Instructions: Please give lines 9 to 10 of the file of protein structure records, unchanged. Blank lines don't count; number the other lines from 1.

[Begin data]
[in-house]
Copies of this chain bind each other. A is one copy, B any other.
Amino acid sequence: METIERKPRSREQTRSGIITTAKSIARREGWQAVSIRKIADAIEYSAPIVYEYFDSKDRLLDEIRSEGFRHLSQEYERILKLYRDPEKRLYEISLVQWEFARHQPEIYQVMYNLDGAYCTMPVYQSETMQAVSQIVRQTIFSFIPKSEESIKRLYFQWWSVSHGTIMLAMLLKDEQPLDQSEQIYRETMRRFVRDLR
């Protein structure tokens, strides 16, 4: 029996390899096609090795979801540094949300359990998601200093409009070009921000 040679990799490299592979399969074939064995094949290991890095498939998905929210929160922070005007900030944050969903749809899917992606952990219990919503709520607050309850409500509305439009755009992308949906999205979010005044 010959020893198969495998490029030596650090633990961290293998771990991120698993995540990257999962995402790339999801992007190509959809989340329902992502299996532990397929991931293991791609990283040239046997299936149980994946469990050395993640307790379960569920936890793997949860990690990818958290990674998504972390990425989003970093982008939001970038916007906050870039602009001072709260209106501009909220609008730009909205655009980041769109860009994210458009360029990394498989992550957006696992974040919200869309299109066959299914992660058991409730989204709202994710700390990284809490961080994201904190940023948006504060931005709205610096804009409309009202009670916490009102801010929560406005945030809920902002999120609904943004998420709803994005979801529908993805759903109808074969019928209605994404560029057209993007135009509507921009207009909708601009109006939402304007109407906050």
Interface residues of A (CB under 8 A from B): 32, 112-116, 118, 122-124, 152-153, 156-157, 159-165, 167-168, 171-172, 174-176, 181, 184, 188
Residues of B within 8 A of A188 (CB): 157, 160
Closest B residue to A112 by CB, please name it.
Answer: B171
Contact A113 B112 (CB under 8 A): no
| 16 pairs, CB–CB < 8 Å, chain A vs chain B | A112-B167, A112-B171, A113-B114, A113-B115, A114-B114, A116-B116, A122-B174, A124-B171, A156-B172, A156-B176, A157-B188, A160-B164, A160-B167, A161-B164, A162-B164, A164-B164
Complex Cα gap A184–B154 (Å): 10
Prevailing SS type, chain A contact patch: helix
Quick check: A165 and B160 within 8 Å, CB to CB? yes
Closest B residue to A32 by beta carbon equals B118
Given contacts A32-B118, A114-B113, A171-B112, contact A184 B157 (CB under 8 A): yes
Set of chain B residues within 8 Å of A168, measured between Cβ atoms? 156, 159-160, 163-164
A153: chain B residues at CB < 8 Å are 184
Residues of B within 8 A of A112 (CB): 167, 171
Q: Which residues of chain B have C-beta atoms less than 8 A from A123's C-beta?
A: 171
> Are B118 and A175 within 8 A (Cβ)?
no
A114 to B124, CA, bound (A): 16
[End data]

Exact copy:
Contact A113 B112 (CB under 8 A): no
| 16 pairs, CB–CB < 8 Å, chain A vs chain B | A112-B167, A112-B171, A113-B114, A113-B115, A114-B114, A116-B116, A122-B174, A124-B171, A156-B172, A156-B176, A157-B188, A160-B164, A160-B167, A161-B164, A162-B164, A164-B164